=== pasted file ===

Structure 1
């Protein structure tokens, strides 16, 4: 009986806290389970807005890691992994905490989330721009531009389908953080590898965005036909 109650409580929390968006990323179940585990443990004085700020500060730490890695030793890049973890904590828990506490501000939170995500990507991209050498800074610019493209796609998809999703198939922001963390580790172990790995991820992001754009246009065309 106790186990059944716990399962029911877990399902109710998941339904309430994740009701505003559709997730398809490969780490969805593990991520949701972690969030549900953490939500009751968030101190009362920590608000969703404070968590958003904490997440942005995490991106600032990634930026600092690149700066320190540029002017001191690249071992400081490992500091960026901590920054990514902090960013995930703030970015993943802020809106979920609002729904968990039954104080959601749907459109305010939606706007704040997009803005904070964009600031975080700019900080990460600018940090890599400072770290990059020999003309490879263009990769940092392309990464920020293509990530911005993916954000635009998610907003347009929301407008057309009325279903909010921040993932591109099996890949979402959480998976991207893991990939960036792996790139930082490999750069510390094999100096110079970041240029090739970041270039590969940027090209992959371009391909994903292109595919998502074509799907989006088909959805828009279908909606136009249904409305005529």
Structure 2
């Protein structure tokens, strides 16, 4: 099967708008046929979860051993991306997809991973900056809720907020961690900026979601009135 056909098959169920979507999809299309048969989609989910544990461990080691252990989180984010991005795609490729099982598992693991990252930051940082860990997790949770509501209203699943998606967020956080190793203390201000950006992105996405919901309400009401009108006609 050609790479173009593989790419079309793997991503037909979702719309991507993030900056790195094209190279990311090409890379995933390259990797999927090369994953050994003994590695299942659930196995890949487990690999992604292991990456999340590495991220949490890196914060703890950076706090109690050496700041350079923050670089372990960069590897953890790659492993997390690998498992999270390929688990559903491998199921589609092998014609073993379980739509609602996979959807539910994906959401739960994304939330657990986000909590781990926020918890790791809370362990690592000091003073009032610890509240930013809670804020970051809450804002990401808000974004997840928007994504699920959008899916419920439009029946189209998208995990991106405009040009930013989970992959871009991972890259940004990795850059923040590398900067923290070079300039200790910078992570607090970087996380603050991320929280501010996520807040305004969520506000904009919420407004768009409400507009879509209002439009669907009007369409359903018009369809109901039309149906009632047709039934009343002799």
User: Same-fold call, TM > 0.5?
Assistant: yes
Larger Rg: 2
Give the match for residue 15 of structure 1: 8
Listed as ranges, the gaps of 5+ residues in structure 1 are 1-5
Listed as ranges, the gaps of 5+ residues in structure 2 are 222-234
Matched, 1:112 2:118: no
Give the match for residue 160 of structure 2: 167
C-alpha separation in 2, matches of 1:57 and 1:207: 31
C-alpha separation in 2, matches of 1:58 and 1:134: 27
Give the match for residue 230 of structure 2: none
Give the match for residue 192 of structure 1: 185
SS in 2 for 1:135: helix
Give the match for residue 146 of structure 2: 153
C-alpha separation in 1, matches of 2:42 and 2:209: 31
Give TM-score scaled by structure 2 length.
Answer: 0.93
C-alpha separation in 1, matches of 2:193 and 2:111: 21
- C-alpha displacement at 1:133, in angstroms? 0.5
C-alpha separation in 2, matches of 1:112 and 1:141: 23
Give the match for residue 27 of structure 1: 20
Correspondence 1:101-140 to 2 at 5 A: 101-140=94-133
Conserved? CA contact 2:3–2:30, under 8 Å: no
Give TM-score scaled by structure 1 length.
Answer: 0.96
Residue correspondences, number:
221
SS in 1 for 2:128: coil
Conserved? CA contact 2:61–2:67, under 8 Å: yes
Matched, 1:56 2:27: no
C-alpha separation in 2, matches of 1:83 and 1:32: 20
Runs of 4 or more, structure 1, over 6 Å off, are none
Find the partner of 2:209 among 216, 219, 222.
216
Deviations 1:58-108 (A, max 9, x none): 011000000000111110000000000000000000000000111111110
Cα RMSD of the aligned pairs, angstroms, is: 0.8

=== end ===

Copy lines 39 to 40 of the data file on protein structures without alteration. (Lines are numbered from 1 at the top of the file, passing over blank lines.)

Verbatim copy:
Deviations 1:58-108 (A, max 9, x none): 011000000000111110000000000000000000000000111111110
Cα RMSD of the aligned pairs, angstroms, is: 0.8